It seems most likely to me that this is going to end up having something to do with the usual for-profit organized crime of some sort, but planting something like rosary beads in case of discovery would be in keeping with terrorist misdirection tactics.

    • “They are probably hoping that it is unique enough that someone can ID the owner, whereas that would be impossible with a coke bottle.”

      A soda bottle is an excellent location for DNA retrieval as well as fingerprints.

  3. What got my attention immediately in that video is the Deputy Chief referring to the location as a ‘chamber’. What in that underground construction would infer to the police that it was to be used as a chamber or a room with a height of 6’4″x 2’10″x 32′?

    They are specific measurements but for what purpose?

    Do they base their assessment of the location being a room because logic would dictate that if it was indeed to be a tunnel its positioning would exclude it from actually going anywhere or did they find other things inside the room that suggests to them it was to be used for some other purpose solely as a room?

    The Dutch Patriot has raised the question concerning media involvement – so why couldn’t the cops veto the story from being put out to the public telling the media to hold the press while they did some covert surveillance of the site?

    I would have done that.

    If the location was to be used for some terrorist act why go to the time and expense of building an underground room when an isolated warehouse could be hired or broken into for such an activity?

    As for the rosary and the poppy – a red herring or genuine articles?

    • A warehouse or other city building could be tied to someone specific more easily, would be more likely to have people or cameras around it, etc. Using a building illegally might work for something short term, but a longer term operation would get discovered.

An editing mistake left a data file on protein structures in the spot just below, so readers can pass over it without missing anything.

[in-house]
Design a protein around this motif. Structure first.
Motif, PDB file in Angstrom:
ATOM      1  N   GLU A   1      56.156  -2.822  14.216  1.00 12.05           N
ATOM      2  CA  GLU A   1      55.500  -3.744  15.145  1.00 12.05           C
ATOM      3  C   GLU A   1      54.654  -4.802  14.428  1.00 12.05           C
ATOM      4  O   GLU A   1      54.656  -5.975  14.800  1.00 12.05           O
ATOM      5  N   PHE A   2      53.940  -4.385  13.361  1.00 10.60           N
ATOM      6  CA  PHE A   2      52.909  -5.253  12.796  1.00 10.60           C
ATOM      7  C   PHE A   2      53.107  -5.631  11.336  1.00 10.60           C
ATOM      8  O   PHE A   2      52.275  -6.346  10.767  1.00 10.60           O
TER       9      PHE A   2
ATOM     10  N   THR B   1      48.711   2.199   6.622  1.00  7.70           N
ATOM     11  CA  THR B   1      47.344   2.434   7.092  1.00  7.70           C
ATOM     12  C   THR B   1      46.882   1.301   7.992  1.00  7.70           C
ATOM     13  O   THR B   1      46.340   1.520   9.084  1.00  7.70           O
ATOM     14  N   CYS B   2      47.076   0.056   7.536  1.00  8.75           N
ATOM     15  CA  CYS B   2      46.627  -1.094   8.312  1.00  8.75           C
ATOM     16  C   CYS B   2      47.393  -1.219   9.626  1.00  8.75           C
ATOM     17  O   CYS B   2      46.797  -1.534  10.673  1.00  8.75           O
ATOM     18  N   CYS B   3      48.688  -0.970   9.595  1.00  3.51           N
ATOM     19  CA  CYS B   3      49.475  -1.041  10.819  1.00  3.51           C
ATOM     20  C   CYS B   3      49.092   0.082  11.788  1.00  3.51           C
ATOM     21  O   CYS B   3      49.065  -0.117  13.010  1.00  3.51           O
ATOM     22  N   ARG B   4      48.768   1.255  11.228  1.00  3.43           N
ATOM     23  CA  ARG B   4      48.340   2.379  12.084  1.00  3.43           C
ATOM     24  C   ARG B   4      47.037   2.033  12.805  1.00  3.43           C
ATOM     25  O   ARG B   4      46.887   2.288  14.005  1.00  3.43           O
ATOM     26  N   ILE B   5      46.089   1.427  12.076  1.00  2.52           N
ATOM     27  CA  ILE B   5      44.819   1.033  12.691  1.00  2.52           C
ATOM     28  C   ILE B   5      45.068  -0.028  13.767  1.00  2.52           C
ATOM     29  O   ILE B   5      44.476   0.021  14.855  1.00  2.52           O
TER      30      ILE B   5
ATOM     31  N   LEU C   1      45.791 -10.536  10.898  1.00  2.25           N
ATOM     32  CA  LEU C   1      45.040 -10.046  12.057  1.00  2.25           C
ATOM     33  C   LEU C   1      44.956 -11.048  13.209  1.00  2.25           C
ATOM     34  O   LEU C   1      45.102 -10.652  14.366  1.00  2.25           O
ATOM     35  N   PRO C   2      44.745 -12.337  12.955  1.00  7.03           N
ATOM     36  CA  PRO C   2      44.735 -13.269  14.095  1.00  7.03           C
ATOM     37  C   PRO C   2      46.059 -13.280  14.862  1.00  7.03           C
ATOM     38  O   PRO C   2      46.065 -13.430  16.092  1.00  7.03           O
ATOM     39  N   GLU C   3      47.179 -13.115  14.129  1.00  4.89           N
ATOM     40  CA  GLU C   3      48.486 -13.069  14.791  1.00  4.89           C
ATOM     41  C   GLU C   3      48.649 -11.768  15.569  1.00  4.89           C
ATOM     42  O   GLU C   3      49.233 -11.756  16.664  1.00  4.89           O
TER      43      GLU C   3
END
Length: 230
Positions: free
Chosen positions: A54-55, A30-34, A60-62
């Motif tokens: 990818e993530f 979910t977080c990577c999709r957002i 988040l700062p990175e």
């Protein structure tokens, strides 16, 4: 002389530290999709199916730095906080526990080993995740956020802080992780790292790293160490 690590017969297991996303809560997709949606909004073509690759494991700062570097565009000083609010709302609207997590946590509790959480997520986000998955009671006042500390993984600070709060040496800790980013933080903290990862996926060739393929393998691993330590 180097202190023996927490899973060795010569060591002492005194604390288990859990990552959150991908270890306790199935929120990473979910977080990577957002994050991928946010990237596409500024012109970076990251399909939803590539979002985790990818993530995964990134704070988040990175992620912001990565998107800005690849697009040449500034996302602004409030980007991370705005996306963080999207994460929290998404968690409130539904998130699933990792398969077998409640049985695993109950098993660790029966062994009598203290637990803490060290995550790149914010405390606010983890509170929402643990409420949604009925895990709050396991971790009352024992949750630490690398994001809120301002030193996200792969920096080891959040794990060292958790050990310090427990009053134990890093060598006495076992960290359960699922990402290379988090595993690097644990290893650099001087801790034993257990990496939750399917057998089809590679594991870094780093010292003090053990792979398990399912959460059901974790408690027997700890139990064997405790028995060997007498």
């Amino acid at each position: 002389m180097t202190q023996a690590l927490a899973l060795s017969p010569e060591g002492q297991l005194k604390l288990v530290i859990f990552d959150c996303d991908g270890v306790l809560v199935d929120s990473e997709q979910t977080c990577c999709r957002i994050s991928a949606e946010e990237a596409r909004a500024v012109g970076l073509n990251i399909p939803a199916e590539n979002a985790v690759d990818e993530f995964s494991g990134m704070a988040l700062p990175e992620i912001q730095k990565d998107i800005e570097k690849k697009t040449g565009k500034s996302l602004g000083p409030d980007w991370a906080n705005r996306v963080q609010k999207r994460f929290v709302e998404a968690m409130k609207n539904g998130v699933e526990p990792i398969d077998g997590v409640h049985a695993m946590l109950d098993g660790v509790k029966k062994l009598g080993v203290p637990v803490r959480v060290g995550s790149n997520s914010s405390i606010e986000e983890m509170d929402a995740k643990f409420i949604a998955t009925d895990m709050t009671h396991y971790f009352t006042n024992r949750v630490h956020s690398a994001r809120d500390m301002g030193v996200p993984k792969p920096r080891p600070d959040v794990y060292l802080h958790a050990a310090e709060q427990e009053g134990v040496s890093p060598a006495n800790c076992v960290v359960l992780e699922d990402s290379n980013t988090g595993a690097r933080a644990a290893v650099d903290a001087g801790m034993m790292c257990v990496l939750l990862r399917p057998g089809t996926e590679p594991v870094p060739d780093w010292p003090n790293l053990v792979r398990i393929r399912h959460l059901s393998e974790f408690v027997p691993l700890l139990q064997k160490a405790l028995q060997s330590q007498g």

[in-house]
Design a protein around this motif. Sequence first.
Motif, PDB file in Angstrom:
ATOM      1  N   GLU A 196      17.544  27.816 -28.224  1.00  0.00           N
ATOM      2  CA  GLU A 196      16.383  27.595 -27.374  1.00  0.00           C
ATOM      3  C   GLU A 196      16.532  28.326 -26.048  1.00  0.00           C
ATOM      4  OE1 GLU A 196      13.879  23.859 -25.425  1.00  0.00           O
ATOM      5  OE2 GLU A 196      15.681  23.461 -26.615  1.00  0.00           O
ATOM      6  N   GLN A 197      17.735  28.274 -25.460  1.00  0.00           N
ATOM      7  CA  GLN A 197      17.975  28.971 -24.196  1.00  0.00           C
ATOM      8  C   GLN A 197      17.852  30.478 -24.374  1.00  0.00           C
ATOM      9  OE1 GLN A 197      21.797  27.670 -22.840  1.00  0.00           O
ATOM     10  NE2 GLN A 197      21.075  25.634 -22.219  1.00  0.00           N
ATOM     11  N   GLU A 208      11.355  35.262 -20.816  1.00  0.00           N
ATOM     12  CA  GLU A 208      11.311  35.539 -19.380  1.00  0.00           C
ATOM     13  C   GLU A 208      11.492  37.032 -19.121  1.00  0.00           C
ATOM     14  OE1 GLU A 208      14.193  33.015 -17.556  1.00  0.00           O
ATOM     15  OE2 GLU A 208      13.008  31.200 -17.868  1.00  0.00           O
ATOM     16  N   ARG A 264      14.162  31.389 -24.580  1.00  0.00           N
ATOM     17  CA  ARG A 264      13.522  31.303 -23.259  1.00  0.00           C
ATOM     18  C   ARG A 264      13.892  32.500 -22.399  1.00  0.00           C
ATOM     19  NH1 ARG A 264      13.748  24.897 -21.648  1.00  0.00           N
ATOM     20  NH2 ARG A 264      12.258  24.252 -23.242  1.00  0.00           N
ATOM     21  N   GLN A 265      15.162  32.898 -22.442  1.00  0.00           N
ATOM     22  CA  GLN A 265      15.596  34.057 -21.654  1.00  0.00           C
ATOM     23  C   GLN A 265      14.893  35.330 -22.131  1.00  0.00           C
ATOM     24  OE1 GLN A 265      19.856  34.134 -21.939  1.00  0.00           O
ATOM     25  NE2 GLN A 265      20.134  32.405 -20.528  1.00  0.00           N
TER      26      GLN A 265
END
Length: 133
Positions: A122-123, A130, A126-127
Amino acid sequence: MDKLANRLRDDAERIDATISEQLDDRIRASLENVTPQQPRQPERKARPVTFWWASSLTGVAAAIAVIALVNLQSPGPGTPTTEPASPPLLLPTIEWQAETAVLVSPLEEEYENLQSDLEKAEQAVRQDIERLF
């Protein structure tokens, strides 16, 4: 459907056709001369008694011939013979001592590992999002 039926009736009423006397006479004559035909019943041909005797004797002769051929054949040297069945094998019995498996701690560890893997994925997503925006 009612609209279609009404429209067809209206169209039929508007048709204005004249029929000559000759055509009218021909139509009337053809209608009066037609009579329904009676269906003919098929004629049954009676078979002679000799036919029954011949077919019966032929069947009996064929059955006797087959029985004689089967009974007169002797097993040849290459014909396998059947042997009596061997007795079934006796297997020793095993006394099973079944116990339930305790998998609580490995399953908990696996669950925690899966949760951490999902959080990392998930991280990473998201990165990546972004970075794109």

For someone to dig a spider hole like this, they must have both wanted to be untraceable and wanted to go undetected for a long period of time.

      Not setting up surveilance at the site to await the return of whoever was working on it sounds to me like major incompetence. If some news reporter wouldn’t just keep quiet about it voluntarily long enough for the police to conduct an operation, then that news reporter is a very irresponsible individual.

      • surveilance ? And secretly watching people’s private lives? That would be uncanadian and it would have been inadmissible in a court of law. We can’t encroach on people’s bedrooms and private lives. What do you think we are like Russians and Chinese. .. no freedom …. no values? My goodness this is Canada the home of nice people. Who is nicer and more humanistic Canada or Sweden?
        Canada is so nice that Qadr, who killed Americans in Afghanistan, was released by the Magnificent PM Chrétien. That’s how much Canada loves its citizens, regardless of race , color, balah blah . . .

  4. The whole thing reeks, somebody put a lot of planning, time and money into it, not to mention manpower. This was certainly not the efforts of the merely unhinged.

  5. Regarding the depth of the tunnel, its entirely possible that they planned to have the tunnel start to fall in depth once it got to a certain point so as to hit the intended target. As an engineer, I would not want it to go too far below the water table until it was absolutely necessary. Not only is the overhead saturated ground harder to support, an entire tunnel that deep would require constant pumping to keep the water out. Having most of it shallow would allow for less pumping and less water and noise at the surface. Once you get close in, then the tunnel can fall at the appropriate rate to get to the depth needed to clear the perimeter.

  6. The authorities were quick to fill in the tunnel. A bit like the rapidity of dumping bin laden at sea and disposal of the 9/11 evidence. Why couldn’t the media have been given a tour of the site first?

  7. I listened closely to the first seven minutes of this press conference by Deputy Chief Mark Saunders. I would also have watched his face closely, but here we have another case of white people not knowing how to photograph a black man: except for shiny patches on his skull, his head is in darkness, not illuminated clearly enough to make out facial expressions. (And this on the last day of Black History Month — talk about microaggressions!)